WATERTOWN, NY — On the heels of a big drug bust at the Riverview Correctional Facility in Ogdensburg, Assemblyman Mark Walczyk (R,C,I,Ref-Watertown) is calling on Governor Cuomo and Legislative leaders to provide funding for the placement of drug sniffing dogs at every correctional facility across the State.
The incident at Riverview Correctional occurred on February 7, when an officer discovered synthetic marijuana, known as K2, and utility blades that were hiding in a package that was being mailed from the Bronx to an inmate in Ogdensburg. Two weeks ago, four inmates housed in Cape Vincent Correctional Facility overdosed on K2.
“I applaud the instincts of the corrections officer that caught this contraband. Their actions took dangerous substances and weapons out of a criminal’s hands and help protect the safety of other officers,” said Assemblyman Mark Walczyk. “It’s high time Albany steps up to the plate to help end this problem. I’m calling on the Governor to include funding in the state budget to have drug sniffing dogs placed in every facility across New York. Ask any Correctional Superintendent and they’ll tell you, drug dogs work.”
Assemblyman Walczyk has been vocal in recent weeks about bolstering the safety of state prisons. He raised concern about language in the Governor’s budget proposal that, if included in the finalized state budget, would give him the power to close an undetermined amount of state prisons. Additionally, Walczyk announced that he and Senator Patty Ritchie have introduced legislation (A.8703/S.7640) that would require a drug sniffing dog be placed in all Correctional Facilities in the State with over 100 inmates.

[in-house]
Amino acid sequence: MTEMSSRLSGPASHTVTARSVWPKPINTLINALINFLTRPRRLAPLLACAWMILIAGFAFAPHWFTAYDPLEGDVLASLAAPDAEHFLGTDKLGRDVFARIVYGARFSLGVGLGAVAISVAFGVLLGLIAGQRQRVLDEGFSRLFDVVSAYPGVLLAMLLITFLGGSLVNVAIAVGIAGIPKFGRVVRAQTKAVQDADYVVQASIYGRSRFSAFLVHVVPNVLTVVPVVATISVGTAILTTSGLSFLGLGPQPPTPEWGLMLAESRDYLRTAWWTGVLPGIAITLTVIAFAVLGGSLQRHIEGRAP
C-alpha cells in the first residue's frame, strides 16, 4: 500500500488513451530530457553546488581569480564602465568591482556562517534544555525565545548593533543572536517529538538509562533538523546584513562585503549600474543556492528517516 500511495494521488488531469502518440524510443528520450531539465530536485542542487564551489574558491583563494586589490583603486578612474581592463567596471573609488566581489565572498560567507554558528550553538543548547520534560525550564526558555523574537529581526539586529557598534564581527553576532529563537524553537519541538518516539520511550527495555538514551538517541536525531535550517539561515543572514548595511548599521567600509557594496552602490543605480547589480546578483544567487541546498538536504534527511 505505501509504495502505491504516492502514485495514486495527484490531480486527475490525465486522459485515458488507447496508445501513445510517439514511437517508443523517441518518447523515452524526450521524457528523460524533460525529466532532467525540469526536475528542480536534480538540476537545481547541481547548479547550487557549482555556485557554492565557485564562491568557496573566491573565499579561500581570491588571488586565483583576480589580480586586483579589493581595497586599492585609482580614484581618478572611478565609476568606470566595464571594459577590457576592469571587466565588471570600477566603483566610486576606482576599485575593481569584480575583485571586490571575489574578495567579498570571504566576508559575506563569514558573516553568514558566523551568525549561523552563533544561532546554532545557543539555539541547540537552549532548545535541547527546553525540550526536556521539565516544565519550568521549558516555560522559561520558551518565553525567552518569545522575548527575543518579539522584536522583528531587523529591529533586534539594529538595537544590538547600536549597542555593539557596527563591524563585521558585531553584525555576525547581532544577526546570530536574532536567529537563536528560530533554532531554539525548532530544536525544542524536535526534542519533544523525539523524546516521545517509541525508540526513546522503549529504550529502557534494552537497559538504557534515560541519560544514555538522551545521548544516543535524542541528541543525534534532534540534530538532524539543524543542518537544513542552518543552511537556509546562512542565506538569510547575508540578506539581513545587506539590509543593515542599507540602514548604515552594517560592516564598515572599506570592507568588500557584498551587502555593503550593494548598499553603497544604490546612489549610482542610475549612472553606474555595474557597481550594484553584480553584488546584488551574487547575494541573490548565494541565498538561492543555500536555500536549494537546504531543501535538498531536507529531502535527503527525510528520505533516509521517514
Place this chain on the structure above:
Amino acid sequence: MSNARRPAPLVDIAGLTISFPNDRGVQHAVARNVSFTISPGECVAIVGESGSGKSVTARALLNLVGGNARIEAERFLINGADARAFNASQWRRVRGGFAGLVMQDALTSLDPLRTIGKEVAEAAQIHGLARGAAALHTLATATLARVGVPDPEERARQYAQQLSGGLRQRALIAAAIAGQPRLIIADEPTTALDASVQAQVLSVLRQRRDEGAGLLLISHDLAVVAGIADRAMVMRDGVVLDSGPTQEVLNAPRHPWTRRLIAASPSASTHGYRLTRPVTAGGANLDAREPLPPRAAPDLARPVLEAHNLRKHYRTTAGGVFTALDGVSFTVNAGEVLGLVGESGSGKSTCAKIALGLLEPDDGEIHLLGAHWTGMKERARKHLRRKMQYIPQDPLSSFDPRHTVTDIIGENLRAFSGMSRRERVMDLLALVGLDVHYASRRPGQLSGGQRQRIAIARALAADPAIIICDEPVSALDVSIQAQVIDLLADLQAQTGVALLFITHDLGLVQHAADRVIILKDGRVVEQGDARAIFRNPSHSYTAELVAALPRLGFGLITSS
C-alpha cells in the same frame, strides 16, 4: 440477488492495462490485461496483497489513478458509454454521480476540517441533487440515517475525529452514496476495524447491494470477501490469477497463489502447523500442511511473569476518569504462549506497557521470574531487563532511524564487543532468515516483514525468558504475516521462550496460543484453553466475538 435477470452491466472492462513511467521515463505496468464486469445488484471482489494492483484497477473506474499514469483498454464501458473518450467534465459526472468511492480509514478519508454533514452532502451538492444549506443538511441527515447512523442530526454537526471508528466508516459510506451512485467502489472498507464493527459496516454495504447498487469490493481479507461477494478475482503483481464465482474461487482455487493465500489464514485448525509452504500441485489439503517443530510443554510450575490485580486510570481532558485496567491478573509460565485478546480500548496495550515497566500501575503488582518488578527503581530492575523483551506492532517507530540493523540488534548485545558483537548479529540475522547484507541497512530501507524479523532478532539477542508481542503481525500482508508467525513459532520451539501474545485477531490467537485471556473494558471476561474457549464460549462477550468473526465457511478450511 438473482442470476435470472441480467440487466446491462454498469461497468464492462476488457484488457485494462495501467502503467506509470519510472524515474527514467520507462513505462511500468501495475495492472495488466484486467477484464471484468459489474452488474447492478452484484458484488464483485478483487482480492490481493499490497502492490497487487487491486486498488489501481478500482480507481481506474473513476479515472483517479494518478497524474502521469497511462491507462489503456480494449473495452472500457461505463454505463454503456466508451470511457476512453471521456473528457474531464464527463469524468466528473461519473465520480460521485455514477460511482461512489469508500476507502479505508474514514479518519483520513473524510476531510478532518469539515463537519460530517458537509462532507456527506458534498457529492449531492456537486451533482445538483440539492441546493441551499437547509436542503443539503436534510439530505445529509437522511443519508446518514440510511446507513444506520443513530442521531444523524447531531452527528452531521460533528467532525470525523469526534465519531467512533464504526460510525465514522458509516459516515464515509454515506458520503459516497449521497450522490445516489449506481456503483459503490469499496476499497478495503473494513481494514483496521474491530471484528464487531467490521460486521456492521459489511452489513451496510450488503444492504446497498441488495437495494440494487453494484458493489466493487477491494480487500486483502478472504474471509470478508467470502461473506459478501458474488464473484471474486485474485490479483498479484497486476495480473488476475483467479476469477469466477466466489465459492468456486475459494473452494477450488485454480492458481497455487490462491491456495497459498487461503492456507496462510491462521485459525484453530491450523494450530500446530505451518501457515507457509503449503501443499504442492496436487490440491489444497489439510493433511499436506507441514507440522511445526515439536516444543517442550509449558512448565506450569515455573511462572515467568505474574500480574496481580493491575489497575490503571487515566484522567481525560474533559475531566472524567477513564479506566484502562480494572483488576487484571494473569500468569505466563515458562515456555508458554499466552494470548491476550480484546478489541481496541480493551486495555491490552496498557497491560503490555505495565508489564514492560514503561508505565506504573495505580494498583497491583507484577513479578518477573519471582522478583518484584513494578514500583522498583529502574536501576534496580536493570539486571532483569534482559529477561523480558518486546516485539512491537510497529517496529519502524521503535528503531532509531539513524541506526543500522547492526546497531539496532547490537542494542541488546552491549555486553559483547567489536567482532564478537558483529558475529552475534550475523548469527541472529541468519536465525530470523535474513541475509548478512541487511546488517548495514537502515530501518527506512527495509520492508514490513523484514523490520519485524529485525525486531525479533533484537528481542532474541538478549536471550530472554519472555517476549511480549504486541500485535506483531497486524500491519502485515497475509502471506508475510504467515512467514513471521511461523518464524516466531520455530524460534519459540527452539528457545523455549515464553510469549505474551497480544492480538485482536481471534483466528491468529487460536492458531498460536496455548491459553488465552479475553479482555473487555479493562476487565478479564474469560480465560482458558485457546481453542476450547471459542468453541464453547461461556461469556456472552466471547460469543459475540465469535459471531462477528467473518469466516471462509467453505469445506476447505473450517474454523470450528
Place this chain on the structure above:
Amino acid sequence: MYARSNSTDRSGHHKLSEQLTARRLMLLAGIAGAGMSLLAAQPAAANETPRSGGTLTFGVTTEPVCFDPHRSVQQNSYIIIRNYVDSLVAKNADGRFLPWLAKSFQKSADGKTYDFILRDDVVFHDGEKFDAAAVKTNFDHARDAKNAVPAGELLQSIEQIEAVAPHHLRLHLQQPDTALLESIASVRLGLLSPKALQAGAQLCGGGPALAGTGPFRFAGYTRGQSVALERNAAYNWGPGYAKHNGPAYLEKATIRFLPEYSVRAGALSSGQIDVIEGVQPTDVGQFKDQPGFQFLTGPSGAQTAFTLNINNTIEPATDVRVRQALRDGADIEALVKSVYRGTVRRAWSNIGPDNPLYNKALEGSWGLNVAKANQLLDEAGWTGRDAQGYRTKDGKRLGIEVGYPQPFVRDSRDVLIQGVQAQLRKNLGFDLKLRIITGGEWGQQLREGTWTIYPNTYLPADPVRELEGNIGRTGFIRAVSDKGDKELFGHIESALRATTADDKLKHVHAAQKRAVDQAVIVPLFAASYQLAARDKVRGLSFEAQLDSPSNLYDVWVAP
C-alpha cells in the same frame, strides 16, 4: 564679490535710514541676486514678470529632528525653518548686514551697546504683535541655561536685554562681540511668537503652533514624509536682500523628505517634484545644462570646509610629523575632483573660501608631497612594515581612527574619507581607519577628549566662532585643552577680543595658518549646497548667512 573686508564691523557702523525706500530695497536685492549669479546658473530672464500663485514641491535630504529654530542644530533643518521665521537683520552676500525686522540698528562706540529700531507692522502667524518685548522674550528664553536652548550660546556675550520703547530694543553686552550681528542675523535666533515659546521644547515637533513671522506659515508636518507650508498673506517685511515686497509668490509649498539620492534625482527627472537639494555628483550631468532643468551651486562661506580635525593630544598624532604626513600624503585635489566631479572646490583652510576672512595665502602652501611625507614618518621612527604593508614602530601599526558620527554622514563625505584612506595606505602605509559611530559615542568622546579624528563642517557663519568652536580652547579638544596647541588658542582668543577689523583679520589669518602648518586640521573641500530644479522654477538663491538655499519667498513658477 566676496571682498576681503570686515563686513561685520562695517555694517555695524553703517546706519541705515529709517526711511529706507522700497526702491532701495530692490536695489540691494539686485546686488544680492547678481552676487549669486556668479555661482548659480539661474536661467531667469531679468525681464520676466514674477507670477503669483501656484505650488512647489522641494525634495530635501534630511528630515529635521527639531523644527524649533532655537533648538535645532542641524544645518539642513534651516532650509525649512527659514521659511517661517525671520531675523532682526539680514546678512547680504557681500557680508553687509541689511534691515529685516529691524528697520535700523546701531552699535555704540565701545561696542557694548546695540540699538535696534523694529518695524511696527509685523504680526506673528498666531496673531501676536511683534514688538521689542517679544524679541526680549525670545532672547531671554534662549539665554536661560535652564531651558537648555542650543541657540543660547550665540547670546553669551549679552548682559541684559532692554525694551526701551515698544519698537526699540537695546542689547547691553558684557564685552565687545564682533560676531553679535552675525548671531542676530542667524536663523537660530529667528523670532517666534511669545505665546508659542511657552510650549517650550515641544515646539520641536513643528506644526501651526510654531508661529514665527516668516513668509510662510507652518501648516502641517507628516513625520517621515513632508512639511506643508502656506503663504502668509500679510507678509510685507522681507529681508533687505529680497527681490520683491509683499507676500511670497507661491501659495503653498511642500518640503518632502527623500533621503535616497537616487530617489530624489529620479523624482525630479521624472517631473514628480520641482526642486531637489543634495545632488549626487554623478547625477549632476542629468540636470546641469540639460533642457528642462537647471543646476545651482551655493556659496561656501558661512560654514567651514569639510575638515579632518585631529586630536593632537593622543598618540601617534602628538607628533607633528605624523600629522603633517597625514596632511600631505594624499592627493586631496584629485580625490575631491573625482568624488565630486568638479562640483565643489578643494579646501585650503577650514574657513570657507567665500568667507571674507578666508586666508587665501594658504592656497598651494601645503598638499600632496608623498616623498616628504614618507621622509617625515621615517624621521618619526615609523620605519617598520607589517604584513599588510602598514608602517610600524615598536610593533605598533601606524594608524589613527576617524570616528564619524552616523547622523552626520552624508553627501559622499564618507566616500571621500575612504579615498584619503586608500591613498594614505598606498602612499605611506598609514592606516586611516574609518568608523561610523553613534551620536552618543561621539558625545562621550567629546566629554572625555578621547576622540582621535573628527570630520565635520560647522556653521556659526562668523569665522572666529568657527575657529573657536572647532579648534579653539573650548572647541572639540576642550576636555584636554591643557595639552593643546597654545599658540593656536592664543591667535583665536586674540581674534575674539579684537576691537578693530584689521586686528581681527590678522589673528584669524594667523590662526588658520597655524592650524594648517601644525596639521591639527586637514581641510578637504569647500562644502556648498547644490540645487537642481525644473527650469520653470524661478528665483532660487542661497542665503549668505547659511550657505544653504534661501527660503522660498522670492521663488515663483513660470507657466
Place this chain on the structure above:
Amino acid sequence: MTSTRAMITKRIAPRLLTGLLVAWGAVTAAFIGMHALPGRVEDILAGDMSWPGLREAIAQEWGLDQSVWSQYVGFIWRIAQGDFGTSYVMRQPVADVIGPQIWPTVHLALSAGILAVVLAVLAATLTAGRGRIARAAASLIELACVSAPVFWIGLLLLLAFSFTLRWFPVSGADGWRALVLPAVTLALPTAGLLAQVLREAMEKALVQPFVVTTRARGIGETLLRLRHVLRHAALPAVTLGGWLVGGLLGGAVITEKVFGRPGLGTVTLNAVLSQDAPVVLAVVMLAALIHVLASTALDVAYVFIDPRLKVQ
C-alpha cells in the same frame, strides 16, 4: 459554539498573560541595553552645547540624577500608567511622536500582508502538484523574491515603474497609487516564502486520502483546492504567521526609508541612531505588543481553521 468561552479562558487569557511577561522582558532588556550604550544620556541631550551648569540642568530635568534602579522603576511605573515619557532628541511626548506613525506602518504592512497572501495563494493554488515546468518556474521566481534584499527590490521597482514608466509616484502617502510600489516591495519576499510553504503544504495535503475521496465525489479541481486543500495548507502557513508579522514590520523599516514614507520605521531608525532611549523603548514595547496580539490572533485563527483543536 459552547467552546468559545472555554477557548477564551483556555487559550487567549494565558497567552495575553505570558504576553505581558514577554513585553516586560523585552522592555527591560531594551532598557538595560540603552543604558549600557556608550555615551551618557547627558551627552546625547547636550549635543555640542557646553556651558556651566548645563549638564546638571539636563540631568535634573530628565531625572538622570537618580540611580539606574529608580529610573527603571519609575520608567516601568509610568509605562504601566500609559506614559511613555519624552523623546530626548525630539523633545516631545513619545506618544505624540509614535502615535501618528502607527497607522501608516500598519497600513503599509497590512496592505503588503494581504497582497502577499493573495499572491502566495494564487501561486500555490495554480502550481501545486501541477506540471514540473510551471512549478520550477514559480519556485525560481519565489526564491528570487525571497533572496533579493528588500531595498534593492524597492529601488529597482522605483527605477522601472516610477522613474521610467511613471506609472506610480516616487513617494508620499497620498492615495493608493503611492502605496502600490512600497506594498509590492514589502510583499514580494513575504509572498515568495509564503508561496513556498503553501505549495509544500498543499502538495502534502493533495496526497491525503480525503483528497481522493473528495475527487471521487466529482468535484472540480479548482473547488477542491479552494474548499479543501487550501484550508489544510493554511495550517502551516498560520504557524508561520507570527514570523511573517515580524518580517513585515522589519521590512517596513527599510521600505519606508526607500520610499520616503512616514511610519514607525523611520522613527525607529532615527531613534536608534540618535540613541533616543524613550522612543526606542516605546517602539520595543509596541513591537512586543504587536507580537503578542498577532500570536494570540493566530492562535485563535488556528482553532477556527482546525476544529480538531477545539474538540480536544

“There’s a high cost to the taxpayer when these prisoners get wildly high while behind bars. Add up the cost of overtime after a fight, medical bills, emergency room visits, staff time inspecting mail, the expense of drug testing suspected inmates, and you’ll more than cover the cost of the dog,” Walczyk added. “We’ll save money and make our prisons safer for the inmates and CO’s.”
Assemblyman Walczyk has toured Corrections Facilities across the Front Yard of America and prison officials agree, that drug sniffing canines are one of the best deterrents of drug smuggling through visitation hand-off. Likewise, these dogs would be able to assist in dormitory shake-downs, and detect any illegal substances concealed in packages and envelopes in the mail room.